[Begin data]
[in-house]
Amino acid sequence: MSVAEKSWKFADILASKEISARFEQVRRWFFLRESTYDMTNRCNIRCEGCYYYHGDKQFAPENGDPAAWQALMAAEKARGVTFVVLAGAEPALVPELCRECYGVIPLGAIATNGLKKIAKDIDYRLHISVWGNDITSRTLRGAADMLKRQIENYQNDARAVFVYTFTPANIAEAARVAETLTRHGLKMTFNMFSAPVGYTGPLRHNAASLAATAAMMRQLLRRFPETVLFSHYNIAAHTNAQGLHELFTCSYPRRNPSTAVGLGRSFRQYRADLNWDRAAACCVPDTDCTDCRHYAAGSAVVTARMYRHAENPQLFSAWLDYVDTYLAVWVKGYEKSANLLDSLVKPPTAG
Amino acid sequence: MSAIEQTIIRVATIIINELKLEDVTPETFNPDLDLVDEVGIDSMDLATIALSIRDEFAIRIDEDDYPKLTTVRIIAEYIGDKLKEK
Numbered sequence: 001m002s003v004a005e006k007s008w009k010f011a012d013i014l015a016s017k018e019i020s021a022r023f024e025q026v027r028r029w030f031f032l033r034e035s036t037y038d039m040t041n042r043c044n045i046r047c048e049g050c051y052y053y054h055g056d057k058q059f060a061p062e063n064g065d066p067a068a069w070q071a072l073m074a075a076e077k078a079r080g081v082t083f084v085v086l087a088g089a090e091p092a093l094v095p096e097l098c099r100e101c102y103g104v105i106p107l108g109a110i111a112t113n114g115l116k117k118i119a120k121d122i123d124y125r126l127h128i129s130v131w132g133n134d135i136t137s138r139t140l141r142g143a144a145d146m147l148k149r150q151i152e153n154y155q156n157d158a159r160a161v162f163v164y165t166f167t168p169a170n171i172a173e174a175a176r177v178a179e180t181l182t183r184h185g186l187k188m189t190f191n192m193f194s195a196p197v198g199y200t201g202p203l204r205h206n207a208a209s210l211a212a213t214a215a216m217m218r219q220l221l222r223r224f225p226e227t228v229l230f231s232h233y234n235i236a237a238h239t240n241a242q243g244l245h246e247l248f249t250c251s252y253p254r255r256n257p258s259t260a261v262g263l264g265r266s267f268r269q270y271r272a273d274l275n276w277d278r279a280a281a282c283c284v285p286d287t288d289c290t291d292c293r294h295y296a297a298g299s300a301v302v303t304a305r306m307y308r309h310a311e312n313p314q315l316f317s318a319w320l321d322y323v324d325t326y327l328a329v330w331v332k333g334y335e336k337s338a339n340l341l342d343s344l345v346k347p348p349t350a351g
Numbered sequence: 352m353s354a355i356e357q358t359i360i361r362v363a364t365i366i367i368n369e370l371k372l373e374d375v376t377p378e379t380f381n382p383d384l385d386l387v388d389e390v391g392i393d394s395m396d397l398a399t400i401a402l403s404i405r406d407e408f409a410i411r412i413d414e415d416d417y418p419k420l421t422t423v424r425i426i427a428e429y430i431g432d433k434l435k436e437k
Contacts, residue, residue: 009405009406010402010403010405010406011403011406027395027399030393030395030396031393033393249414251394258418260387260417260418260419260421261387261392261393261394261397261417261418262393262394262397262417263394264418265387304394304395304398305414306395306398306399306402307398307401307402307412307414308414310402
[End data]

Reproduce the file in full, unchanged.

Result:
[in-house]
Amino acid sequence: MSVAEKSWKFADILASKEISARFEQVRRWFFLRESTYDMTNRCNIRCEGCYYYHGDKQFAPENGDPAAWQALMAAEKARGVTFVVLAGAEPALVPELCRECYGVIPLGAIATNGLKKIAKDIDYRLHISVWGNDITSRTLRGAADMLKRQIENYQNDARAVFVYTFTPANIAEAARVAETLTRHGLKMTFNMFSAPVGYTGPLRHNAASLAATAAMMRQLLRRFPETVLFSHYNIAAHTNAQGLHELFTCSYPRRNPSTAVGLGRSFRQYRADLNWDRAAACCVPDTDCTDCRHYAAGSAVVTARMYRHAENPQLFSAWLDYVDTYLAVWVKGYEKSANLLDSLVKPPTAG
Amino acid sequence: MSAIEQTIIRVATIIINELKLEDVTPETFNPDLDLVDEVGIDSMDLATIALSIRDEFAIRIDEDDYPKLTTVRIIAEYIGDKLKEK
Numbered sequence: 001m002s003v004a005e006k007s008w009k010f011a012d013i014l015a016s017k018e019i020s021a022r023f024e025q026v027r028r029w030f031f032l033r034e035s036t037y038d039m040t041n042r043c044n045i046r047c048e049g050c051y052y053y054h055g056d057k058q059f060a061p062e063n064g065d066p067a068a069w070q071a072l073m074a075a076e077k078a079r080g081v082t083f084v085v086l087a088g089a090e091p092a093l094v095p096e097l098c099r100e101c102y103g104v105i106p107l108g109a110i111a112t113n114g115l116k117k118i119a120k121d122i123d124y125r126l127h128i129s130v131w132g133n134d135i136t137s138r139t140l141r142g143a144a145d146m147l148k149r150q151i152e153n154y155q156n157d158a159r160a161v162f163v164y165t166f167t168p169a170n171i172a173e174a175a176r177v178a179e180t181l182t183r184h185g186l187k188m189t190f191n192m193f194s195a196p197v198g199y200t201g202p203l204r205h206n207a208a209s210l211a212a213t214a215a216m217m218r219q220l221l222r223r224f225p226e227t228v229l230f231s232h233y234n235i236a237a238h239t240n241a242q243g244l245h246e247l248f249t250c251s252y253p254r255r256n257p258s259t260a261v262g263l264g265r266s267f268r269q270y271r272a273d274l275n276w277d278r279a280a281a282c283c284v285p286d287t288d289c290t291d292c293r294h295y296a297a298g299s300a301v302v303t304a305r306m307y308r309h310a311e312n313p314q315l316f317s318a319w320l321d322y323v324d325t326y327l328a329v330w331v332k333g334y335e336k337s338a339n340l341l342d343s344l345v346k347p348p349t350a351g
Numbered sequence: 352m353s354a355i356e357q358t359i360i361r362v363a364t365i366i367i368n369e370l371k372l373e374d375v376t377p378e379t380f381n382p383d384l385d386l387v388d389e390v391g392i393d394s395m396d397l398a399t400i401a402l403s404i405r406d407e408f409a410i411r412i413d414e415d416d417y418p419k420l421t422t423v424r425i426i427a428e429y430i431g432d433k434l435k436e437k
Contacts, residue, residue: 009405009406010402010403010405010406011403011406027395027399030393030395030396031393033393249414251394258418260387260417260418260419260421261387261392261393261394261397261417261418262393262394262397262417263394264418265387304394304395304398305414306395306398306399306402307398307401307402307412307414308414310402